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Diplomatic Storm Brewing Between London and Singapore After British Airways Crew Imprisoned in Monkeypox Hysteria

Diplomatic Storm Brewing Between London and Singapore After British Airways Crew Imprisoned in Monkeypox Hysteria

A diplomatic storm is said to be brewing between London and Singapore after an entire planeload of British Airways cabin crew and pilots were forced into quarantine in the city. The crew members were detained when local health officials classed them as ‘close contacts’ of a BA flight attendant who tested positive for Monkeypox.

The unfolding drama is reminiscent of several incidents throughout the COVID-19 pandemic when aircrew found themselves thrown into quarantine when their colleagues tested positive for the virus.

British Airways even scrapped flights to Hong Kong altogether after deciding it could no longer risk having its pilots and cabin crew imprisoned at the notorious Penny’s Bay quarantine camp.

The UK’s Foreign, Commonwealth and Development Office is said to be trying to secure permission from the authorities in Singapore to release the flight attendants caught up in the latest Monkeypox drama and have them repatriated on a specially charted flight.

The latest diplomatic incident involving British Airways started on Tuesday when a 42-year-old male cabin crew tested positive for Monkeypox while on a layover in Singapore.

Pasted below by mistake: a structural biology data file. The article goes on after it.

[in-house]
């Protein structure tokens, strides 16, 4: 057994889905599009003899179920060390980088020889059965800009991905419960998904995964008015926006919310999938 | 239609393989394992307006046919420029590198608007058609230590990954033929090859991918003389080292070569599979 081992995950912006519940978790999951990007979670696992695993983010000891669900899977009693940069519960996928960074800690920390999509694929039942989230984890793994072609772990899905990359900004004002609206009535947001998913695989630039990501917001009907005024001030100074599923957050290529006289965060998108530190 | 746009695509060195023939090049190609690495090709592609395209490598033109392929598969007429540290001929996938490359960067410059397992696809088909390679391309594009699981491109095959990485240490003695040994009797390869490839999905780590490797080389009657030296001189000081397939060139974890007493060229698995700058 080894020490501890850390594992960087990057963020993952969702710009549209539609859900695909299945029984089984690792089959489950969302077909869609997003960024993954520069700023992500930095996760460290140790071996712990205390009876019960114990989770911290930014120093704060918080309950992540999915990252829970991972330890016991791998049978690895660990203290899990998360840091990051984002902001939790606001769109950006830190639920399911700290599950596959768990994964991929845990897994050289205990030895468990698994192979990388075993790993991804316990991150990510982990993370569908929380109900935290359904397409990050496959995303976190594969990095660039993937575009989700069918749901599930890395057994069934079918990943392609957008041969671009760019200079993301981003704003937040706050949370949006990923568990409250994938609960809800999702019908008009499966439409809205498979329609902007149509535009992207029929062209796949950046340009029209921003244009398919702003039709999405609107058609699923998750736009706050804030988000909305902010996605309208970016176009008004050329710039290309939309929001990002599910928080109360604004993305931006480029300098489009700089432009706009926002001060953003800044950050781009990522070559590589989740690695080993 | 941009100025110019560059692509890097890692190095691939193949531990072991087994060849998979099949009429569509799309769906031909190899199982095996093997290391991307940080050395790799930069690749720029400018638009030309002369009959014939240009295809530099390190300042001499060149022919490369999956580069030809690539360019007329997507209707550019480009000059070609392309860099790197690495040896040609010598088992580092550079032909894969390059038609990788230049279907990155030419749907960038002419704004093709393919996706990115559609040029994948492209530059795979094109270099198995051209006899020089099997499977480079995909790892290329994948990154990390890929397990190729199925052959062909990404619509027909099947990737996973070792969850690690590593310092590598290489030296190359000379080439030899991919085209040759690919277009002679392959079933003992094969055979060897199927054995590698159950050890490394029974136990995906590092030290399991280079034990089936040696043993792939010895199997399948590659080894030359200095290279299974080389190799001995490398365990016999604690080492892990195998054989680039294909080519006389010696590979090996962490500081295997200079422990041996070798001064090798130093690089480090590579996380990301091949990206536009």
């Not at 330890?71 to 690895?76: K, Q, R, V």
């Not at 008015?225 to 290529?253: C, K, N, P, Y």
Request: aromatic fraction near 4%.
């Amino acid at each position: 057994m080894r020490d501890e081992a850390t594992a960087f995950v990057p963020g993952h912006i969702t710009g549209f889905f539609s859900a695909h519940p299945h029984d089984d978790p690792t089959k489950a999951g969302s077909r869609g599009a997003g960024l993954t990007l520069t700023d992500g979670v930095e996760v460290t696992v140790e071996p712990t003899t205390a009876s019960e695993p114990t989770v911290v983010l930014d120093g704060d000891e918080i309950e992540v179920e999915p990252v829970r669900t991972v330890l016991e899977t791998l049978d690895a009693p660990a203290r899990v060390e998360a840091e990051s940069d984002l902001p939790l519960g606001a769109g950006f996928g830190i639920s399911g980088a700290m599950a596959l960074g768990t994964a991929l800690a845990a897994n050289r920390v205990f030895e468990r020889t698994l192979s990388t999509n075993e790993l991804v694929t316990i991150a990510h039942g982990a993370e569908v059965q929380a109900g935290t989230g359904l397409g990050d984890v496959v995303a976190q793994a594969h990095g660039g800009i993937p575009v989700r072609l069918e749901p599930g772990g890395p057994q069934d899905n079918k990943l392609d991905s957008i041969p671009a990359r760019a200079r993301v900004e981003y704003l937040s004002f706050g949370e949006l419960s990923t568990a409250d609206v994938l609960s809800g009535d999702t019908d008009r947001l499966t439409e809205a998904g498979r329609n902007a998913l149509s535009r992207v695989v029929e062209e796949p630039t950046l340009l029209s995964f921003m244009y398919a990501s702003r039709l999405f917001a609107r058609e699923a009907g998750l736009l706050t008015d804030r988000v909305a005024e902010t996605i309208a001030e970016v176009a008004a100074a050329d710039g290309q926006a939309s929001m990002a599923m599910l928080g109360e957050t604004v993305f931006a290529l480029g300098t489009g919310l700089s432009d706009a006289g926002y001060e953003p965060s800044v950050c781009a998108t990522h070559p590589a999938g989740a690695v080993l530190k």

The crew member worked a flight from London to Singapore last week and spent two days in the city before working a flight to Sydney. He returned to Singapore a day later when he developed a rash and sought medical advice.

After testing positive for Monkeypox, the crew member was immediately taken to an isolation ward at the National Centre for Infectious Diseases. Officials classed 13 people including two pilots and nine members of cabin crew as close contacts and ordered them into quarantine for 21-days.

Monkeypox is generally a self-limiting illness but it can pose a serious health threat to certain at-risk groups. The virus is not classed as a sexually transmitted infection but a recent outbreak in Europe and elsewhere has disproportionately affected gay and bisexual men who have sex with men after close and prolonged intimate contact.

The World Health Organisation warns that “human-to-human transmission can result from close contact with respiratory secretions, skin lesions of an infected person or recently contaminated objects”.

In a statement, British Airways said it was “working closely with the Singapore Health Authorities and have offered assistance with any information they require.”

“We’re in contact with our crew and providing the necessary support,” a spokesperson for the airline told us.

British Airways said the risk of Monkeypox infection onboard its aircraft was “very low” and that the “safety and security of our customers and crew is always our top priority”.

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